Why the economic woes in the West will not leave Africa unharmed
Sub-Saharan Africa will not be left unscathed by the current economic turbulence in the US and Europe.
“It has been downhill for the global economy since financial markets tumbled in August . . . on the back of economic data releases that revealed weaknesses in the economies of the West,” says Yvonne Mhango, an analyst at Renaissance Capital, in a recent report.
“Revisions to the US GDP numbers revealed that the 2008 recession was more severe than initially estimated and that the recovery thereafter was weak. The US economy only grew by 1.1% in [the first half of 2011], in annualised terms, implying that quantitative easing had not been as effective in kick-starting the economy as the Federal Reserve would have liked. Moreover, the heavily indebted EU is not growing – and may never grow strongly if its debt is not restructured. Concerns about the funding of European banks add to the poor sentiment in the EU.”
In August Fitch Ratings said that Sub-Saharan Africa saw a slowdown in economic growth to 2.8% in 2009 before a robust recovery of 5% in 2010. Fitch noted that the only other two regions that experienced a slowdown in growth during the financial crisis, rather than a recession, were Asia, and the Middle East and North Africa.
However, in its recent Global Competitiveness Report 2011-2012, the World Economic Forum said that Africa’s resilience to the global financial crisis was likely not due to strong productivity fundamentals, but that it can rather be attributed to “limited integration of most of the region’s economies, especially their financial markets, into the global economy. Although this fact sheltered African economies over the shorter term, it will hold back their development over the longer term.”
According to Mhango, Sub-Saharan African countries will be affected by the current downturn, although they are still likely to outperform more developed markets.
She says that some African countries, such as Kenya and Zimbabwe, have little fiscal space to stimulate sectors that would be adversely affected by a global recession.
Lower commodity prices are expected to lead to a slowdown in growth in commodity-rich countries. “The demand slump in developed markets has triggered a softening in commodity prices,” says Mhango. “This implies that growth in Sub-Saharan Africa’s commodity-rich countries, including oil exporters (Nigeria and Angola) and producers of metals and minerals (Zambia and Botswana), may be tempered.”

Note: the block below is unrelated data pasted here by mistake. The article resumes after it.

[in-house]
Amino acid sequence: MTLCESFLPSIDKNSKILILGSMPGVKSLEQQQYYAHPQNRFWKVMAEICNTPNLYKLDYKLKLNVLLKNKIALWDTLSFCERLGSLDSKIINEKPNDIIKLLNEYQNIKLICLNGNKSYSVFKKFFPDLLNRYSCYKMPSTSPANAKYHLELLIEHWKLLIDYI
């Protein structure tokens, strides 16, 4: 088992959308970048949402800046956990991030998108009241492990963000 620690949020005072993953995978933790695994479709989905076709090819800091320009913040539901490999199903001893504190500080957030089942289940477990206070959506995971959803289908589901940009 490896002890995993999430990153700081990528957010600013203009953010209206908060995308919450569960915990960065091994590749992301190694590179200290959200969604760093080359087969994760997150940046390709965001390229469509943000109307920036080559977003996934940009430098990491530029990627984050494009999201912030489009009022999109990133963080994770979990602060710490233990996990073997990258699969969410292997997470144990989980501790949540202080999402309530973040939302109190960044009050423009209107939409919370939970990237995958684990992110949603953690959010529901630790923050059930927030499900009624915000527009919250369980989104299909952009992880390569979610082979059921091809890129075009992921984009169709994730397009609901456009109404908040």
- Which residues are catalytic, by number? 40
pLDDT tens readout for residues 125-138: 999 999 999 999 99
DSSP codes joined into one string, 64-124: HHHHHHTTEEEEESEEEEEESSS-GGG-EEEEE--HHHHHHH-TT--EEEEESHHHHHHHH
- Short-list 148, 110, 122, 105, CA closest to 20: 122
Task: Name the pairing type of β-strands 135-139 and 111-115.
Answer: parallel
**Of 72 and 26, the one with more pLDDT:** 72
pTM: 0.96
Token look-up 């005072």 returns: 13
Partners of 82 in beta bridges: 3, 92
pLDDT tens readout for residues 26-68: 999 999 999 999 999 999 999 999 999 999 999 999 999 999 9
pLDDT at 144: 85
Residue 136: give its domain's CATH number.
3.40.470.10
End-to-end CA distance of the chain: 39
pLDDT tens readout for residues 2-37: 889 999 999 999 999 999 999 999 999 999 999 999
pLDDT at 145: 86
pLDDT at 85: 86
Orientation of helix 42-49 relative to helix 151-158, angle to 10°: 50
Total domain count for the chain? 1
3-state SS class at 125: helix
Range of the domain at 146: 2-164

Even though the West’s demand for Africa’s exports will fall, the effect of this will be partially offset by other emerging markets’ sustained appetite for commodities, particularly China.
Mhango says that lower prices will also improve the growth outlook for Sub-Saharan Africa’s net oil importers, such as Kenya, which were previously constrained by a high oil price. The recent surge in the price of gold, considered a safe haven during turbulent times, will also benefit Africa’s big gold exporters such as Ghana and Tanzania.
As a result of weaker demand from the developed world, African consumer goods companies focusing on internal demand, are likely to outperform export orientated industries.
African economies heavily reliant on tourism, such as Kenya, Tanzania, Mauritius and Namibia, will also suffer from a decline in visitors from the US and Europe. “We expect the recovery in Westerners’ demand for safari and beach holidays in Sub-Saharan Africa to be tempered on the back of a weakening growth outlook,” says Mhango.
In addition, a moderation in aid inflows should be expected. “Unsustainable debt positions in the economies of Sub-Saharan Africa’s biggest donor countries have forced them to implement stringent fiscal austerity measures. In this environment, development aid is forced to take a back seat, particularly in countries where governance is a concern. Donors are expected to sustain their commitments, but are unlikely to scale-up aid.”